"Whenever I go into a restaurant, I order both a chicken and an egg to see which comes first"

Monday, November 21, 2011

Recipes–Spicy Collards and Beet Leaves

Collard greens are a sweet, flavorful vegetable – easy to cook in many different recipes.  They are now available in most supermarkets, and although they are hearty and will last a week or so, they are best when bought as fresh as possible.  Farmers’ markets sell a lot of them, particularly at this time of year, and Whole Foods’ selection is also very good.

Collard greens, common in the South, are usually made with a lot of fat, either cooked in lard or bacon.  They are delicious, for the pork/bacon taste nicely complements the taste of the greens.  Southern style got started, however, because of the availability of lard and bacon, provided to slaves as a ration, then introduced into common cooking by black servants who knew only one way to prepare them.  They are delicious without the pork fat, and I have posted recipes where they are steamed, then sauteed in browned garlic and olive oil.  Recently I have been making them Italian style al brodo, that is in a soup broth.  The collards are placed in a cup of water with one vegan bouillon cube (or any other low-sodium chicken or beef cube), then steamed and served in the broth.

Another vegetable I like is beet tops, and surprisingly these are usually thrown away even at farmers’ markets.  Although beets are sold leaves-on, many customers as the merchant to chop them off.  I have often been in line behind these off-with-their-heads shoppers and asked if I could have the leaves.  I steam them simply, with water, chop them well, and serve cold with olive oil, salt, and pepper.

I had both collards and beet tops (and two cups of green beans) left over last night, and I decided that I would cook them together.  I put all in a skillet, heated them up, and tasted; and found them rather bland.  I added some more olive oil and sprinkled garlic flakes and ground a lot of pepper.  Better, but still without character.  I added soy sauce, hot pepper flakes, and sesame oil.  Better still, but missing that zing which makes an interesting dish.  I then thought that fennel seed would add the right flavoring.  I am not sure why, because I have never added it to either collards or beet tops, but somehow I knew that it would be the right complement to the soy and sesame, and be the spark to the vegetables. I was right! The taste is a wonderful blend of East Asian/South Asian flavors.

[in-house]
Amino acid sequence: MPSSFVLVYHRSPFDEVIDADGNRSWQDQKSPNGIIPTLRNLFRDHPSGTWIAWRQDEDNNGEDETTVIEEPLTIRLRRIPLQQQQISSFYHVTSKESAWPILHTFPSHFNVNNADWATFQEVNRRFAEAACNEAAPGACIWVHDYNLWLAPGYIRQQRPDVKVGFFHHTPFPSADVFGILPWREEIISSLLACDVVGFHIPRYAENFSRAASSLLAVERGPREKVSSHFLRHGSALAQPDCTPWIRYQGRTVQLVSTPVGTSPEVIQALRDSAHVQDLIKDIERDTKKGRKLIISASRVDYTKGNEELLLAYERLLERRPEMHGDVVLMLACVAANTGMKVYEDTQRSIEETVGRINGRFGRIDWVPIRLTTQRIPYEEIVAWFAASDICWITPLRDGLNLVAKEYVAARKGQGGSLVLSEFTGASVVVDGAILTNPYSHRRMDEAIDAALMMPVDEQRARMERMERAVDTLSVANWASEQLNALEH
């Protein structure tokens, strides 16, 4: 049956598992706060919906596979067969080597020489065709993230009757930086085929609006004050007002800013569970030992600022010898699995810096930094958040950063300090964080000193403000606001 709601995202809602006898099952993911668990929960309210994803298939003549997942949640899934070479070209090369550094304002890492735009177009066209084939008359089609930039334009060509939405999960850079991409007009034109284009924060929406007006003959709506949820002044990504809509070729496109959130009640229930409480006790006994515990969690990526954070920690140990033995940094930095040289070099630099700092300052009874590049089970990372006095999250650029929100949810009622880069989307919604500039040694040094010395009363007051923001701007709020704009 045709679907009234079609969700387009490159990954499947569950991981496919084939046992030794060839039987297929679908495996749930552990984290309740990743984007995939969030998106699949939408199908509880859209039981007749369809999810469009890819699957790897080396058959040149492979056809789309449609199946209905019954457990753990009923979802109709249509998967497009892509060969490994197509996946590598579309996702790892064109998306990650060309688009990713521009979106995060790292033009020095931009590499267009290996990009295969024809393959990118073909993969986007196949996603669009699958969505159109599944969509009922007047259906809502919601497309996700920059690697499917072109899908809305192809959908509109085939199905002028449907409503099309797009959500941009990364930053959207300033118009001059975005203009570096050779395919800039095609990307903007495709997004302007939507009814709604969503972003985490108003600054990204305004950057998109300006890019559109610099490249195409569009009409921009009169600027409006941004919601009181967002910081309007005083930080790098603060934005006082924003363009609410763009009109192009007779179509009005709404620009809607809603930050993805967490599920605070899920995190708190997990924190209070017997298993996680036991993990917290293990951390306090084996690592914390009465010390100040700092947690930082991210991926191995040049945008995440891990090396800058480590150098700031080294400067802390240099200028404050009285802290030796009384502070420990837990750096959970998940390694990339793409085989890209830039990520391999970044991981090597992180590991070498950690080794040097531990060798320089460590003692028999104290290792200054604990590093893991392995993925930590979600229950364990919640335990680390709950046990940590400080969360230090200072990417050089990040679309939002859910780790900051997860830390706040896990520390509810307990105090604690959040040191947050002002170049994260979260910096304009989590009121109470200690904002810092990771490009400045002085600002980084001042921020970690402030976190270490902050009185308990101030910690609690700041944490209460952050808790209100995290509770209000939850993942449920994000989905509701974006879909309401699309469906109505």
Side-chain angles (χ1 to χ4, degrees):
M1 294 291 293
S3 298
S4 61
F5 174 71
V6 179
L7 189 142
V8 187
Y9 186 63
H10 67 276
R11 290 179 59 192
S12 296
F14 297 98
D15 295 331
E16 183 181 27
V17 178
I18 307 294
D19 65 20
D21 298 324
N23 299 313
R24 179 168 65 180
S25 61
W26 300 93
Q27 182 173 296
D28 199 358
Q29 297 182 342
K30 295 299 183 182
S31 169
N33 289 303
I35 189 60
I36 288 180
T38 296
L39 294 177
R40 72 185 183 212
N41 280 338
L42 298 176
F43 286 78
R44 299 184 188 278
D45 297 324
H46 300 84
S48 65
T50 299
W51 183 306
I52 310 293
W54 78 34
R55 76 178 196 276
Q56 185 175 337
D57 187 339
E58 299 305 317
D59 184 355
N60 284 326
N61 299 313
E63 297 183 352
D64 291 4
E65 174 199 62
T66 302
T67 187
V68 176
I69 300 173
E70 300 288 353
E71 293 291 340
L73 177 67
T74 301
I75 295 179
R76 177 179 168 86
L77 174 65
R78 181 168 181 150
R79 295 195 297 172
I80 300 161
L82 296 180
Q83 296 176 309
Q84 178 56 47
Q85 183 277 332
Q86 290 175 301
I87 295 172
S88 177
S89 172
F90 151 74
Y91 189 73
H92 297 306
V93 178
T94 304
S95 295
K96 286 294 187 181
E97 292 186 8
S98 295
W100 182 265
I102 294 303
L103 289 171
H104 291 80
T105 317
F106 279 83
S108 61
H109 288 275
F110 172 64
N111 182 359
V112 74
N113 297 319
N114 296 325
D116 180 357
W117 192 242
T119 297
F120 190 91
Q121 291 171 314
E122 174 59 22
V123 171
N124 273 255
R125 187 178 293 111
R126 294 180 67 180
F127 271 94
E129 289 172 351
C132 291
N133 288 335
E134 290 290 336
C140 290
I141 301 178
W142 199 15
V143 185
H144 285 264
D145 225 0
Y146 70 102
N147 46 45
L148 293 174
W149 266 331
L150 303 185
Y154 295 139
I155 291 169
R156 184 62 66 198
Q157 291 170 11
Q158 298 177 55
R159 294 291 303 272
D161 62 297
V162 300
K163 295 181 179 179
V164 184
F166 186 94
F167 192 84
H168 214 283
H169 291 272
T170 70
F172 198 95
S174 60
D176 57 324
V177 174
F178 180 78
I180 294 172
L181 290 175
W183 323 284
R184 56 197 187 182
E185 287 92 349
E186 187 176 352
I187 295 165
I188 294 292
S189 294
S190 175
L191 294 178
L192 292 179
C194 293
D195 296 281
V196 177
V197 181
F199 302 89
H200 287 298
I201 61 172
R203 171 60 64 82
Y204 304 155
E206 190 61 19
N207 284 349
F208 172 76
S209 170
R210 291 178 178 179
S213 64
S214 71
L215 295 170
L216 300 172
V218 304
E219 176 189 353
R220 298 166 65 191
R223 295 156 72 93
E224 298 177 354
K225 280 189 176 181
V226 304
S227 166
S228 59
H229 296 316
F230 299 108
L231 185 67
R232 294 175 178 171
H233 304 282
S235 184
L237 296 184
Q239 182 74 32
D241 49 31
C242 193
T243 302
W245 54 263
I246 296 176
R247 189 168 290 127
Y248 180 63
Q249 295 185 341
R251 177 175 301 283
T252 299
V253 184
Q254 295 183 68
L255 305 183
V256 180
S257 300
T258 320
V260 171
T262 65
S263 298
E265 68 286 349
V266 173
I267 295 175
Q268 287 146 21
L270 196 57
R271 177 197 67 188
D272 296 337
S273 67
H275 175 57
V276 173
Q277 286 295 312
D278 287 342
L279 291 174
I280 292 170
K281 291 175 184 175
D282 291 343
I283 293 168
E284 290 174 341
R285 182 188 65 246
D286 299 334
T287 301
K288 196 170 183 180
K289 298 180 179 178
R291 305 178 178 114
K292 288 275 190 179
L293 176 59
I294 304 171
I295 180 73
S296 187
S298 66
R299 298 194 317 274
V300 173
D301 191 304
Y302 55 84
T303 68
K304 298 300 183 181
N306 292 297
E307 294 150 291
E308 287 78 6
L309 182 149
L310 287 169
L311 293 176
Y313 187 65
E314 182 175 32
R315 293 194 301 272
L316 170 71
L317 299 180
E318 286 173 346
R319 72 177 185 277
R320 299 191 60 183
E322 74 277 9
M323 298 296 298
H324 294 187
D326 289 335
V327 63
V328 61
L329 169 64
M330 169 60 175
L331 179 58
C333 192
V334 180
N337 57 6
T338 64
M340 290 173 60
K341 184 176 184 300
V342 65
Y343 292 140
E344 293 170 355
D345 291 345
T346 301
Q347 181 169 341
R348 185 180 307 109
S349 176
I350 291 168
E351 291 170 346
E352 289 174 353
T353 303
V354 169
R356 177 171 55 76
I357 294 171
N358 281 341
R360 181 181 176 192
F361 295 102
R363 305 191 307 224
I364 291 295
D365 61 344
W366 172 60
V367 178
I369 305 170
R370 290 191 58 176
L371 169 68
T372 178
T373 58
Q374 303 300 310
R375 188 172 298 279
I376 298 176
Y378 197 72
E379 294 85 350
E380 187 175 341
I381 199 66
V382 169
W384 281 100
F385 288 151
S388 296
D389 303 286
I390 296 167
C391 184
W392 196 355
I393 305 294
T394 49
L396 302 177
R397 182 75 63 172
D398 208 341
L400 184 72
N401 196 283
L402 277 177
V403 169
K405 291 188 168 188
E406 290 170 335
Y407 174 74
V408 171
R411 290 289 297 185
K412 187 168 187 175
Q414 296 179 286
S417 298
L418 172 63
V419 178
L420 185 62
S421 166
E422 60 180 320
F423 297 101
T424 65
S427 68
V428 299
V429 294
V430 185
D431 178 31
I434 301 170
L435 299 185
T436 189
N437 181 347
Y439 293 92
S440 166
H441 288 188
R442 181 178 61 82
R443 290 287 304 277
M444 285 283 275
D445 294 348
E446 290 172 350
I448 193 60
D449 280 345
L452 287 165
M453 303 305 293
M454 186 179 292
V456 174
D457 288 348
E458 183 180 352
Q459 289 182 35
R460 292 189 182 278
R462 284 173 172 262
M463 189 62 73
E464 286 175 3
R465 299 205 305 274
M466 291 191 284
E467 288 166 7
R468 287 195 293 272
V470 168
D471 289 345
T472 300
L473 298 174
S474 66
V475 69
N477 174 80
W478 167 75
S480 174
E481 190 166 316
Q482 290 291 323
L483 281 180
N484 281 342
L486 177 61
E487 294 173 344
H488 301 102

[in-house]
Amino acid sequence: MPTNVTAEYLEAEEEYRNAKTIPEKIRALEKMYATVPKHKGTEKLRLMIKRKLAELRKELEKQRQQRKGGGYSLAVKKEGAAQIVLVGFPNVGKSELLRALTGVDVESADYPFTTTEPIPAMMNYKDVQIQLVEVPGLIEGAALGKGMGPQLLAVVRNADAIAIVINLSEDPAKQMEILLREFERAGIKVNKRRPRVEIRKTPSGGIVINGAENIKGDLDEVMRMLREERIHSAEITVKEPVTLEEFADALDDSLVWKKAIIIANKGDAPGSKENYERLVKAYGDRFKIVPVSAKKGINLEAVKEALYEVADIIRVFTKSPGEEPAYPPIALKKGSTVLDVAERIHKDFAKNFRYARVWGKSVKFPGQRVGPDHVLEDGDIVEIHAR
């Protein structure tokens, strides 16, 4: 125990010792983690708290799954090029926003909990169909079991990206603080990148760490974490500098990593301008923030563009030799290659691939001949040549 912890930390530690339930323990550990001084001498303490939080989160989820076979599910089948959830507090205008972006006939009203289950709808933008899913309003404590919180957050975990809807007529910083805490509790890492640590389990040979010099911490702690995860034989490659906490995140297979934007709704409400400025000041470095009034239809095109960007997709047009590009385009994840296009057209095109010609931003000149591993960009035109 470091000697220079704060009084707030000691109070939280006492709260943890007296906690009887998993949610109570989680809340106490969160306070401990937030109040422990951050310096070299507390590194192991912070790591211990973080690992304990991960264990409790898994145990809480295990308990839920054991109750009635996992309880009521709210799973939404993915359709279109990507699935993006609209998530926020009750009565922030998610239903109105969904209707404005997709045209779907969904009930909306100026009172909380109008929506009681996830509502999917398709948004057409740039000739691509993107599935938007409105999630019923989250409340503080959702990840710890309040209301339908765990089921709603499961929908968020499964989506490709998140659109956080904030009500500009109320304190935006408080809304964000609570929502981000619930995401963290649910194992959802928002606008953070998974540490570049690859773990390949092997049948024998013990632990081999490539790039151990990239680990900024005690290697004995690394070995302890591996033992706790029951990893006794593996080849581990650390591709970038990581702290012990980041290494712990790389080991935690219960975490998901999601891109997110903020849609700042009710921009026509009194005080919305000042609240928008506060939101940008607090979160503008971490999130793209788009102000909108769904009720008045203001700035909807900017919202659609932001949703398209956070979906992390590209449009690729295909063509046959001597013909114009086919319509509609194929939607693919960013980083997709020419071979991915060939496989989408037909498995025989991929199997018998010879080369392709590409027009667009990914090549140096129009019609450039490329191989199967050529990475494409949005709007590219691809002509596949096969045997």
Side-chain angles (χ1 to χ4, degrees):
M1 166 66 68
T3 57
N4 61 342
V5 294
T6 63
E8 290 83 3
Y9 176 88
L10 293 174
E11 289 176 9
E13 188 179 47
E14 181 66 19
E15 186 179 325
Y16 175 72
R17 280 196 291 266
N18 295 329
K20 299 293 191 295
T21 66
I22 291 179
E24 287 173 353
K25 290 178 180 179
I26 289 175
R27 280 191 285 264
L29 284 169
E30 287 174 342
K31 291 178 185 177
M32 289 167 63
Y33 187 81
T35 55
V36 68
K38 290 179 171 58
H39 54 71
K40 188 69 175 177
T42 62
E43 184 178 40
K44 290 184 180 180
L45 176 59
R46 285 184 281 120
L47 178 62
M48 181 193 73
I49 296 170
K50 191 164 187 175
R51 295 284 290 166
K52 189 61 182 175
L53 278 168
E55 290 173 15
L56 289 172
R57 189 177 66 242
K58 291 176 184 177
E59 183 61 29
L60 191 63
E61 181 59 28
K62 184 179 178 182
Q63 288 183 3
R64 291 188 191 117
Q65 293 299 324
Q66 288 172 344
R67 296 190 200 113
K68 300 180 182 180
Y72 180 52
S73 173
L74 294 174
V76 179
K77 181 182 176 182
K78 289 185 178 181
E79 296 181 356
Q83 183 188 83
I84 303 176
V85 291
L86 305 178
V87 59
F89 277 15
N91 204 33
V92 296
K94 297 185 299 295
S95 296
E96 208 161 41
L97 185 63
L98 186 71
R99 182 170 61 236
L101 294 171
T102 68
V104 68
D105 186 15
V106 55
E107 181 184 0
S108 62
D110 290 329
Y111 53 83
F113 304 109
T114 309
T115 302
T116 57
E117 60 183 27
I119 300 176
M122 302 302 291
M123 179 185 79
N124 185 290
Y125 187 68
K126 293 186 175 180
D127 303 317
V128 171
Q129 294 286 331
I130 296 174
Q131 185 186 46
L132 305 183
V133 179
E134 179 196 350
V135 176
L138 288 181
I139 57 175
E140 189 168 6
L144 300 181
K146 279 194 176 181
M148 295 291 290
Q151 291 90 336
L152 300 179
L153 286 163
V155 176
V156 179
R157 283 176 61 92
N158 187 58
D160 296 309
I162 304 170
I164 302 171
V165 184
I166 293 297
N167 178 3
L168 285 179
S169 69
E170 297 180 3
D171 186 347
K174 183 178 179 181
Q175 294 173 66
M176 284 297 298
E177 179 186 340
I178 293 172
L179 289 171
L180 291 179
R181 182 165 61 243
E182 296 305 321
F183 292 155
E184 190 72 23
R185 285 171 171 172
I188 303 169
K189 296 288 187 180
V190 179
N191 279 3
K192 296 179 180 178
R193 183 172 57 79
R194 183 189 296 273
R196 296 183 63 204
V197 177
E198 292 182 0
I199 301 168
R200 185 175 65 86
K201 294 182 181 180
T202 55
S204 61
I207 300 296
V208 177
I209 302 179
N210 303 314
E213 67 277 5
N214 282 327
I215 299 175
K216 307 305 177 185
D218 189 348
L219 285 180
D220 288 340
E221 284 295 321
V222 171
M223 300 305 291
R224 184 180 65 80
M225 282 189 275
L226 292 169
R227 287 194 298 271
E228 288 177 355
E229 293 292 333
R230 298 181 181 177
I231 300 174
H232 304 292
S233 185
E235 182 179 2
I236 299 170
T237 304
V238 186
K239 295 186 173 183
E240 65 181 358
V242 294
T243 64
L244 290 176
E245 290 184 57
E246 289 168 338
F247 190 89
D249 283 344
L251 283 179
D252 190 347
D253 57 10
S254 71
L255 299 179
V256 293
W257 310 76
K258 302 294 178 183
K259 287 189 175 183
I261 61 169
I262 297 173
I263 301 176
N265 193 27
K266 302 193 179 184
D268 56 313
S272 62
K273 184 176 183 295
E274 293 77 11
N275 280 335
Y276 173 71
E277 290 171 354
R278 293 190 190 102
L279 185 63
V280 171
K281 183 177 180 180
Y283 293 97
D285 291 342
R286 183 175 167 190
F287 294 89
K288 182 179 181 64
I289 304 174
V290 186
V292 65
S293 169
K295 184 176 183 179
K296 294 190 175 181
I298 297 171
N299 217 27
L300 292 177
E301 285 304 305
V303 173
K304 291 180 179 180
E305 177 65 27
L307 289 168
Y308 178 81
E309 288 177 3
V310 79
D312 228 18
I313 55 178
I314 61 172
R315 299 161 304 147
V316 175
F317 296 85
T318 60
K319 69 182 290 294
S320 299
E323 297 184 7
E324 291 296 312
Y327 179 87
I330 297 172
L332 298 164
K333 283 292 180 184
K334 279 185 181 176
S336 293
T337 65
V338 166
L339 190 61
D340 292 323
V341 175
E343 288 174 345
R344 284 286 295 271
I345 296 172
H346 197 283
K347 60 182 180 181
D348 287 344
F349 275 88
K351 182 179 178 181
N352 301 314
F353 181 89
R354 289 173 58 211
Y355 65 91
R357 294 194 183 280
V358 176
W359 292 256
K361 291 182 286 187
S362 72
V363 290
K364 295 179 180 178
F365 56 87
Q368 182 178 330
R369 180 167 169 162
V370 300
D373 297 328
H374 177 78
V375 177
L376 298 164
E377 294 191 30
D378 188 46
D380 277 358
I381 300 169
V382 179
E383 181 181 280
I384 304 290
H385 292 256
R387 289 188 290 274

Here is the recipe.  There are a number of steps (it is far easier when you have leftover greens in the refrigerator), but none are difficult, and the chopping and steaming can be done in about 15 minutes; and the cooking another 10:

Spicy Collard Greens and Beet Tops

* 1 bunch collard leaves, chopped in large pieces (the bunches are fairly standard size.  Don’t be put off by the amount of raw greens, for they cook down by at least half if not more

* 1 bunch beet tops, also chopped into large pieces.  Use the stems!  These greens cook down even more than the collards.

* 2 Tbsp. soy sauce

* 2 tsp. sesame oil

* 3 Tbsp. olive oil

* 1 Tbsp. dried garlic flakes

* 5 shakes hot pepper flakes

* 2 lg. cloves garlic, chopped

* 2 tsp. Bay Spice (Cajun spice can be substituted)

* 1 cube vegan bouillon (low-sodium beef can be substituted)

* 2 heaping Tbsp. whole fennel seeds, lightly pounded in a mortar

* 10 grindings fresh black pepper

- Dissolve the bouillon cube in 2 cups of water, then add collard greens.  Add the garlic flakes and Bay Spice.

- Cook over medium heat until the leaves are soft and tender

- Remove the greens from the liquid, squeezing as much liquid out as possible

- Chop the greens well and reserve.

- Place the beet tops in a steamer and steam in water (about two cups) until soft and tender

- Remove and chop, pressing knife blade down to squeeze out most liquid.

- Sautee the whole garlic in the olive oil until garlic is soft, but not browned

- Add the greens, and stir well over high heat, evaporating most of the remaining liquid

- Add the soy sauce, sesame oil, hot pepper flakes, ground pepper, and fennel seeds, and cook over low heat for about ten minutes

- Taste for all the ingredients of which more can be added at this point.

- Serve

No comments:

Post a Comment

Note: Only a member of this blog may post a comment.